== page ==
21 JANUARY 2003
Test frequently to verify that the atmosphere of the entire tank remains substantially free of
hydrocarbon and lead vapors.
11.15.4. When removing the interior tank coating, clean and grit-blast the walls to the bare metal. If
the coating has a high lead content, the method used for removal (burning, cutting, or grit blasting)
may result in a significant and additional hazard from lead vapor. Use an approved lead-vapor
respirator when working on inside surfaces. Before starting, verify the tank is free of hazards from
both petroleum and lead. The welder's facepiece, used with an SAR, protects against the hazards of
lead and lead fumes from coatings.
11.15.5. Vapor may enter through leaks in the tank bottom, or vapor pockets may exist in hollow
roof support columns or floating pan pontoons. Get advance approval from the MAJCOM fuels
engineer for hot work on any portion of POL facilities. This is required for both in-house or contract
11.15.6. Use only an API-certified welder when welding on POL facilities. Requirements are
outlined in API standards and ASME Boiler and Pressure Vessel Code, Section IX. At oversea
locations, certification may follow host nation standards and or requirements.
11.15.7. Obtain an AF Form 592, Welding, Cutting, and Brazing Permit, from the installation fire
department when workers perform hot work operations within a tank (see AFOSH Std 91-5). If
hazards may be introduced into the tank during hot work, contact the BEE to evaluate the potential
hazard and recommended ventilation procedures. See AFOSH Std 91-25, Paragraph 6.6, which
provides additional worker requirements.
11.15.8. Any area suspected of leaks (seams and new repair work) may be tested with a vacuum box.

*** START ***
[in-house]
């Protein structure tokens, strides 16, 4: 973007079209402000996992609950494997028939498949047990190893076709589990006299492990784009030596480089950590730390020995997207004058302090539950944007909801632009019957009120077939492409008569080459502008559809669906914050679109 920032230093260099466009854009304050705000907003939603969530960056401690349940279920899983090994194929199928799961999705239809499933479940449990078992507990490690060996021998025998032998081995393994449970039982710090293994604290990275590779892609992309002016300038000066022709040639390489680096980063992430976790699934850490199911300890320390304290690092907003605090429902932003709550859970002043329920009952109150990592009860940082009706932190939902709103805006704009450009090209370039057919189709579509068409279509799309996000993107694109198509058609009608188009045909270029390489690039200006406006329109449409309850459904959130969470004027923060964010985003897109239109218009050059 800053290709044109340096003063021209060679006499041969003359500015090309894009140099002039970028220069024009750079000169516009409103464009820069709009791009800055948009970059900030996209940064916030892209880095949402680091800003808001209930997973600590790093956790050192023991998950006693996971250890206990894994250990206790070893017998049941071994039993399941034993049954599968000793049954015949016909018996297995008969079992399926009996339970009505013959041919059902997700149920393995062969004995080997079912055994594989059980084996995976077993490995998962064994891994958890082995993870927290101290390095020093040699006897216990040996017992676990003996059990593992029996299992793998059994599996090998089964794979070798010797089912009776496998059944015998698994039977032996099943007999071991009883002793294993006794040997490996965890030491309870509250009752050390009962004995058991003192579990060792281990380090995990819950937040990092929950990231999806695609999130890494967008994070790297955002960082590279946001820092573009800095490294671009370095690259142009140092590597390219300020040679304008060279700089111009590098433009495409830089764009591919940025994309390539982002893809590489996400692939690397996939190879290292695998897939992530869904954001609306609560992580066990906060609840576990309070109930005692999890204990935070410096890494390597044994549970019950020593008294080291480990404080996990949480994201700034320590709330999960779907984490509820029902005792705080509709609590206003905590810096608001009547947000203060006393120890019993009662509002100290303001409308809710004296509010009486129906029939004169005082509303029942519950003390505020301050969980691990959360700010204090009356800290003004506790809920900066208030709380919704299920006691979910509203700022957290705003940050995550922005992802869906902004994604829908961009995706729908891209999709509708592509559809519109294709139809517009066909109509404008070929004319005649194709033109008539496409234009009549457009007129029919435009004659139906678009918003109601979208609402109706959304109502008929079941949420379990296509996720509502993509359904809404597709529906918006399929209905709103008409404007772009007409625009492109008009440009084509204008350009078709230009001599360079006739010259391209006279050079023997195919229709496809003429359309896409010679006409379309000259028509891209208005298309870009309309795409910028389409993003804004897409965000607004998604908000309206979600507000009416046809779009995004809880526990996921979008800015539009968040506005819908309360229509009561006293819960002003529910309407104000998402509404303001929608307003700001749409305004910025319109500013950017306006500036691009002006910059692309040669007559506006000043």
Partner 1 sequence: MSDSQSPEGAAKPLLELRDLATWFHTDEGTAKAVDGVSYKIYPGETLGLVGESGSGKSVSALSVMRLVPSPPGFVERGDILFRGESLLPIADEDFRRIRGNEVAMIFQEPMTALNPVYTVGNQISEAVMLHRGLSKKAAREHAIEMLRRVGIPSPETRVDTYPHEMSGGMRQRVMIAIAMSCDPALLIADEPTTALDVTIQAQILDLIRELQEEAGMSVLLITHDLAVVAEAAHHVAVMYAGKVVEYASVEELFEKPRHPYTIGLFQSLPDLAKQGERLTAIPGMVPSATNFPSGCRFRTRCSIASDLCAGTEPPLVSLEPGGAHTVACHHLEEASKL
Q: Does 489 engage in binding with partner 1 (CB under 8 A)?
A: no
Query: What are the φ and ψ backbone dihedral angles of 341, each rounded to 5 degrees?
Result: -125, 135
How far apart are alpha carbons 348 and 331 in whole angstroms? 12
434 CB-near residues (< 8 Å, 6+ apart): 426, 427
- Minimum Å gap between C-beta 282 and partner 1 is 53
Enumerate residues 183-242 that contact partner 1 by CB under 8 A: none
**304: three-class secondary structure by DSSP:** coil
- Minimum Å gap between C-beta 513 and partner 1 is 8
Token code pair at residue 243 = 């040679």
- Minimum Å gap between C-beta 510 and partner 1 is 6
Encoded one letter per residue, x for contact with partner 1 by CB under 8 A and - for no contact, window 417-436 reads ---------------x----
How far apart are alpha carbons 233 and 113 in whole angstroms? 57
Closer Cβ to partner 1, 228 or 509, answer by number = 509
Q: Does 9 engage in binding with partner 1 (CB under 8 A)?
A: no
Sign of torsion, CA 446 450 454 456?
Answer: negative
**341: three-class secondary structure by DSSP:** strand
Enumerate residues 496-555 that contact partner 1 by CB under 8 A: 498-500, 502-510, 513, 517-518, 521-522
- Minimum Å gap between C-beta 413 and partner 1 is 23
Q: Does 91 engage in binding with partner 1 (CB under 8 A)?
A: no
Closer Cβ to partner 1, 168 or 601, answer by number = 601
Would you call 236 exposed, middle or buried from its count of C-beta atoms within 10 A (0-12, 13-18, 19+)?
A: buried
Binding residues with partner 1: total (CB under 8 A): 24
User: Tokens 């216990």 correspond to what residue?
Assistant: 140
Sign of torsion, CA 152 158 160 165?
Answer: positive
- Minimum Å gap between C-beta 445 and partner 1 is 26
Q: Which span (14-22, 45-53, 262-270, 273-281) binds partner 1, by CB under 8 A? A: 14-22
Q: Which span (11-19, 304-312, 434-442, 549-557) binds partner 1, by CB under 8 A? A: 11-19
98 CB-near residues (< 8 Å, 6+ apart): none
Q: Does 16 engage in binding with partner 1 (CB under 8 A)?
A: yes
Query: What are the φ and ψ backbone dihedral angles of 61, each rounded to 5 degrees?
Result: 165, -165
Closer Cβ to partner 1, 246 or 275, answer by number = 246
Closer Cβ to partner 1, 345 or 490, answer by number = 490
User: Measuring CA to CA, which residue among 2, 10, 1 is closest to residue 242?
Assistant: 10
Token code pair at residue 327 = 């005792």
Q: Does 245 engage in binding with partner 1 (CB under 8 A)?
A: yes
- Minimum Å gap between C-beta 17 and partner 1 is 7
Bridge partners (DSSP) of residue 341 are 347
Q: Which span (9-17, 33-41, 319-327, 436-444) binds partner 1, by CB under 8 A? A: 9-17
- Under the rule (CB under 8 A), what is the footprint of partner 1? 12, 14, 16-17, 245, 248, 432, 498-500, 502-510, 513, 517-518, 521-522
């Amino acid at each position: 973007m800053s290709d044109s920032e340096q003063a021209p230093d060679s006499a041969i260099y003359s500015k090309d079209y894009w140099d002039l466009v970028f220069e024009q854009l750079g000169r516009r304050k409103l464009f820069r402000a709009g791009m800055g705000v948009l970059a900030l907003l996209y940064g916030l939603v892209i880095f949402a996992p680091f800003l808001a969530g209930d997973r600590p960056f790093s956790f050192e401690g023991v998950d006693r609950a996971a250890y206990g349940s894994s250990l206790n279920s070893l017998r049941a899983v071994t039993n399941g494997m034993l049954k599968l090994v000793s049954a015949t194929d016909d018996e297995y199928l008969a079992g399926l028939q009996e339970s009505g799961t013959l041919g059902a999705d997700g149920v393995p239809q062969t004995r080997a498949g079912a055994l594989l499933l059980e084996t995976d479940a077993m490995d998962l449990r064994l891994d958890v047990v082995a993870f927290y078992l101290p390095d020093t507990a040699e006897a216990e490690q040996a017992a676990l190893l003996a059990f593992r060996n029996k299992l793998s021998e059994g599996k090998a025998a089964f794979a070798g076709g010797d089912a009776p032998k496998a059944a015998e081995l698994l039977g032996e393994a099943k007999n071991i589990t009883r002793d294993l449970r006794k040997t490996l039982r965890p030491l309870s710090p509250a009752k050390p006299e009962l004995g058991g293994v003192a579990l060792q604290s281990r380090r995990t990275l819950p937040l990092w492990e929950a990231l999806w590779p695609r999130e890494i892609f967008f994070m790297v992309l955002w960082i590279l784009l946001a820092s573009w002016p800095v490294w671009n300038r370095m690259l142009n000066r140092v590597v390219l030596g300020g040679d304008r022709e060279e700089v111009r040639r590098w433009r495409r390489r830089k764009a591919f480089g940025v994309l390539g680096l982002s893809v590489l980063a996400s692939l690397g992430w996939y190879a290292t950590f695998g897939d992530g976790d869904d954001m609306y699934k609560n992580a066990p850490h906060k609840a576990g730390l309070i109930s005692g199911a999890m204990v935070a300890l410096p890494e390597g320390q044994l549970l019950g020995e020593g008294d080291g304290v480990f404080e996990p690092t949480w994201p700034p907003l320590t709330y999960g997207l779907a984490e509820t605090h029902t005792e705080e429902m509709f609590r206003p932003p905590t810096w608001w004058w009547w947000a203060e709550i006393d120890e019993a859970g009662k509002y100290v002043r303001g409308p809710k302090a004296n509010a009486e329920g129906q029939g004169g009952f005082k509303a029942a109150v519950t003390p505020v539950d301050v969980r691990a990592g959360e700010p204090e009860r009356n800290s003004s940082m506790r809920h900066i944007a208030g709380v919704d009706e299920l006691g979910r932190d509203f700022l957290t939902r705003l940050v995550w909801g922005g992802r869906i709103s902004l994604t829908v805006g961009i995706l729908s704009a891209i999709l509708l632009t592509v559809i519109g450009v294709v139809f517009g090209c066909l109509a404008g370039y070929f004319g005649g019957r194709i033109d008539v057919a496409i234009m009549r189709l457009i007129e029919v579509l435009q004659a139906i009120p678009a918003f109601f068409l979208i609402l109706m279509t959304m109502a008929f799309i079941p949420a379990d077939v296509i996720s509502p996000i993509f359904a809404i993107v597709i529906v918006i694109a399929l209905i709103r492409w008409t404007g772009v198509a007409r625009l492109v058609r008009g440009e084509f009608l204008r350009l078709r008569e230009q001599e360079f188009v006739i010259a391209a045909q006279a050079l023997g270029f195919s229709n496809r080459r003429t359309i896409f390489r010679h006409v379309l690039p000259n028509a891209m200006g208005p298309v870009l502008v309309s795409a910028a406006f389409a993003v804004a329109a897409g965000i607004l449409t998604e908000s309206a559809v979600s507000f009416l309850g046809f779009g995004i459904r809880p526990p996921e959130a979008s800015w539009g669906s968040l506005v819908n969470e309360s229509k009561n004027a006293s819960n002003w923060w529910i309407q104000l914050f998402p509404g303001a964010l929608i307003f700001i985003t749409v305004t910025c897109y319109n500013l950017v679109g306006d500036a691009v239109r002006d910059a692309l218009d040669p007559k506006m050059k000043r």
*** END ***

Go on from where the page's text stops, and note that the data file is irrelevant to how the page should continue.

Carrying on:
The vacuum box is a rectangular frame (generally 0.3 meter [12 inches] wide by 0.7 meter
[30 inches] long by 152 millimeters [6 inches] deep) fitted with a glass top, and with a rubber seal
around the bottom edge. A manual or motor-driven pump is used to create a 50- to 101-millimeter
(2- to 4-inch) vacuum within the box. Soapsuds are placed over the area to be tested, and the vacuum
box is placed over the area with the rubber seal making an airtight contact between the tank surface
and the box. A vacuum is then developed within the box. If the vacuum box is moved over a leak,
the leak will be shown by activity in the soap bubbles over the leak.
11.15.9. The current interior tank coating system has a projected life of more than thirty years. In
most cases, failures should be minimal and touch-up painting, if any, is all that should be required. If
extensive failure is observed, advise your MAJCOM fuels engineer. Repair the coating using the
epoxy coating system in Navy Guide Specification Section 09973. Pay strict attention to surface
preparation since it is key to a successful job.
11.16. Returning to Service.
11.16.1. After the tank has been cleaned and all repairs have been made, the TES will re-enter and
inspect the tank.
11.16.2. After inspection, and before the tank is returned to service, conduct operational tests to
demonstrate functional capabilities. Reinstall all valves, piping, and manhole covers using new non-
asbestos gasket material compatible with the product being stored. Gasket thickness must not be less
than the thickness of the gasket replaced. Restore the entire area to its original condition. Do not fill
the tank faster than a fill-line velocity of 0.9 meter (3 feet) per second until the pan is floating freely
on the product and the fill lines in all other tanks are completely submerged under fuel.